Saturday, September 3, 2011
A Thousand Words Thursday Story from Val Kovalin
An excerpt from Call and Answer:
Henri drove straight from work to the Jackson property. The screen door rattled as the guitar player strolled out on the porch, holding his guitar. He wore a black short-sleeve shirt loose over dark trousers, and he called to Henri in French. “How are you this fine night, my friend? Back for more?”
Henri sat up straight, all his senses sharpened. The player had never spoken before. He turned out to have a sexy voice, deep and slightly rough, and he spoke flawless French, not the Parisian schoolbook type, but the French of the land. This land, southwest Louisiana. Most guys their age spoke only English. How could the player know Henri understood French without hearing his accent first or knowing his name?
Henri called back in French, “I like your playing.”
“C’mon up. I take requests.” He watched as Henri approached.
“Henri Broussard.” It came out breathy, as if he were meeting the president.
They stood the same height. Gabriel did not resemble the local black folks, who were more like red-brown mahogany or café-au lait. Instead, he had skin like charcoal that absorbed the light. He extended his hand, and the contrast of his deep-rose palm almost sent Henri to his knees with lust. Henri had never noticed such a thing before.
They shook hands, and Gabriel’s skin felt cool. His grip gave the impression of enormous strength held in check. Meanwhile, they kept speaking the French of the land as if in a dream.
“What you want to hear?” Gabriel plucked a string and adjusted one of the tuning keys.
That earned Henri a blank look. Didn’t Gabriel listen to the radio? “Okay. Hank Williams.”
Gabriel’s face lit with wicked intent. He played the opening chords of “I Saw the Light.” His rough voice sent a shiver through Henri as he sang in English the lyrics that Hank Williams had infused with pain and sincerity. Each mocking, “Praise the Lord!” rolled from Gabriel’s lips like a seduction. As the last chord faded, Henri sensed they would switch back to French. He clapped.
“I mean it. So, you Mr. Jackson’s caretaker?”
“More like he’s my caretaker. I’ve been away.”
That made Henri uneasy. “Away, huh? What’s that supposed to mean?”
“It means what it means. Sophie brought me back.”
The girl’s name hit Henri like a sucker punch. “Sophie?” Gabriel had been flirting with him. Was it all a lie? Was Sophie his lover?
“Sophie Fletcher. She comes here to sing. Play guitar.”
Tommy Lee’s mama was stepping out on Mr. Fletcher with a young black man?
“I know what you’re thinking,” Gabriel said. “It’s not like that.”
“I hope not. ’Cause Mr. Fletcher, he’ll put you six feet under.”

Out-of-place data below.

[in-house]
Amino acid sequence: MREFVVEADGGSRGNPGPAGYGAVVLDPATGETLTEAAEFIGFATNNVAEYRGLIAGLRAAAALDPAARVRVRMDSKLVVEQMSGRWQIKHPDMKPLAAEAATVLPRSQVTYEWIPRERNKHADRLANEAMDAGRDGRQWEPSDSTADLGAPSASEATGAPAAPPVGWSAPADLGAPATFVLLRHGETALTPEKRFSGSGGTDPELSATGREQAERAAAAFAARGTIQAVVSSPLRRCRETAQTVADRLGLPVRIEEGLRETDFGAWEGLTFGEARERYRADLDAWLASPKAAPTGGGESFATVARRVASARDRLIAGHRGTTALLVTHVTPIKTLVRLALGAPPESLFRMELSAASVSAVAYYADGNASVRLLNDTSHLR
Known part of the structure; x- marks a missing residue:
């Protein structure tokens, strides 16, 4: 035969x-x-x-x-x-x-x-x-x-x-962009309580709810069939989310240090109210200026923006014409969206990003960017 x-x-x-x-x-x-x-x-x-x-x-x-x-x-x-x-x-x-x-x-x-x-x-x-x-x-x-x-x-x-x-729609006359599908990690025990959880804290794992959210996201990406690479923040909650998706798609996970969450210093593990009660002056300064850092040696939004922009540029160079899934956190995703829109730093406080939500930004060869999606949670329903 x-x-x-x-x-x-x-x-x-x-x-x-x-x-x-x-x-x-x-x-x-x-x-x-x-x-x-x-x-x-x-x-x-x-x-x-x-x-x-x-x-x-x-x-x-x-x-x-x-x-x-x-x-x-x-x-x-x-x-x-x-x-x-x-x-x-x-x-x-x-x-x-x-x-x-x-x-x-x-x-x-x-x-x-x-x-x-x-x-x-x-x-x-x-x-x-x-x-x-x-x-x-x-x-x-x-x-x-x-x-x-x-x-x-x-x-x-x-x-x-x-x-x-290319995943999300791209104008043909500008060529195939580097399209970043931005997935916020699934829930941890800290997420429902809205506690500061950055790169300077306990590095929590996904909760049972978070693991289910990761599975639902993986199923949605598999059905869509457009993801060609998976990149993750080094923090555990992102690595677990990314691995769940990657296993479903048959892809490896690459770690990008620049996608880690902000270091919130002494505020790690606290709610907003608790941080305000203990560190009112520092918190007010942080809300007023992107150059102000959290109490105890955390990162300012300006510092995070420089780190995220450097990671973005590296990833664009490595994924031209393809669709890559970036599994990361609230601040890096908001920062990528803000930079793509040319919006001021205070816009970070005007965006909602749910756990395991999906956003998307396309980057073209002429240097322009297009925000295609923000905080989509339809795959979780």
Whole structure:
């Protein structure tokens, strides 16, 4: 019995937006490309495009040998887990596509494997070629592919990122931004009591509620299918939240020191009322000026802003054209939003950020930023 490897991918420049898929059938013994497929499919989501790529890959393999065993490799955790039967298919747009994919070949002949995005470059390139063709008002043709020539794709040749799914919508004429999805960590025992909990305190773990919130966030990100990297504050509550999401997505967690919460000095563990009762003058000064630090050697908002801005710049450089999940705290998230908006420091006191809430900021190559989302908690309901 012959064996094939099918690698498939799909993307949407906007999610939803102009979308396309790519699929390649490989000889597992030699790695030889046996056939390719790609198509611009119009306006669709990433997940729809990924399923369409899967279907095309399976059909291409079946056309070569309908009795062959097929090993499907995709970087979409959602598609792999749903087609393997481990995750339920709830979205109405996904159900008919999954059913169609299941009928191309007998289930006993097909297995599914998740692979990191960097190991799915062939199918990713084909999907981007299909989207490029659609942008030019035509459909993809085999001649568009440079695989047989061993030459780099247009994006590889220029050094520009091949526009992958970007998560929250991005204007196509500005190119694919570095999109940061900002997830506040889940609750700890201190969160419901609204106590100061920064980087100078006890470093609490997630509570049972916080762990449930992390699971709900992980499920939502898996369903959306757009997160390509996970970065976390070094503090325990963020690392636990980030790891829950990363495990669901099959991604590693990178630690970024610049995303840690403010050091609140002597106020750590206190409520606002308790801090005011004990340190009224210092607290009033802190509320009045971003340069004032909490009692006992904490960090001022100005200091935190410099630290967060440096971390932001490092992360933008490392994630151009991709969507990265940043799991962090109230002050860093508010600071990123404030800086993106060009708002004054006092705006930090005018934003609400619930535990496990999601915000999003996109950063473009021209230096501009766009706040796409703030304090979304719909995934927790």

“I’m an innocent man. Sophie thinks she wants a lover, but I know what she really wants, and that— it’s beyond my power to give. So we pass the time with music. Why don’t you come inside?”
Gabriel took Henri by the shoulder, steering him over the threshold. His cool hand rose to clasp the back of Henri’s sweaty neck—and Henri got an instant hard-on. Good God. His eyes watered and he had to swallow twice in his dry throat.
The cabin had the layout of a shotgun house, and the front room stood empty except for a guitar case propped against the faded wallpaper. Curtains hung over the open window. Gabriel set his guitar in the case, and the strings gave a faint chime. The next room held a narrow bed made up tight with an army blanket. A suitcase on the end table contained men’s clothing.
The last room held the kitchen with the bathroom behind a partition. Gabriel switched on a light over the sink, and Henri hoped his erection didn’t show. It felt huge, pressing against his jeans.
“You want something to drink, Henri Broussard? Ice water? Beer?”
“Which one?” Gabriel’s wide mouth tilted in a smile.
“Water, I guess. So where you say you from?”
Gabriel drew a glass pitcher from the tiny refrigerator that hummed alongside the deep porcelain sink. He poured ice water into a canning jar and handed it over. Their fingers brushed, sending a thrill through Henri, and he blurted, “You not from town or we’d all know you already.”
“Some do. I go way back.”
“You a musician? And you take care of Mr. Jackson’s place?”
“Yes, all that. I got a lot of responsibility.”
“When you find time to sleep?”
“Oh, I don’t sleep.”
Gabriel winked at him, and Henri gulped half the water as they stood together in the kitchen doorway. Gabriel’s gaze drifted around the kitchen, which allowed Henri to stare at him. An easy smile curved his lips.
“You don’t sleep?” Henri asked.
“No, I spend my time as an alligator in the bayou.”
Thanks to Val Kovalin, who shared a snippet of her novel, Call and Answer. You can find the story here, and my review either here or at Dark Divas.
Val’s upcoming novel, Fall Into the Sun, will be coming along later in September, and it sounds like another exciting story.
They should have spent the past 22 years together, but life took some unexpected turns for Bobby Gallegos and Frankie Archuleta. Heartbreak and rejection can harden the hearts of two passionate, stubborn men. One, deeply devout, wanted to attend college. One, who perfected a tough act to deceive his brothers, might have followed his dad to prison. Now, at 40 years old, they maintain a long-distance relationship as sex buddies, who don't quite trust each other.
Their lives have sharply diverged. One is now divorced with two teenagers, who bring him joy and despair. One has just had a near-death experience on the job. When Bobby returns to Albuquerque, he will use sex, persuasion, and memories of their shared past to try to convince Frankie to take a chance on him and reach for the future that they were meant to share together.
We don’t have a buy link yet, but add this one to your TBR list on Goodreads here.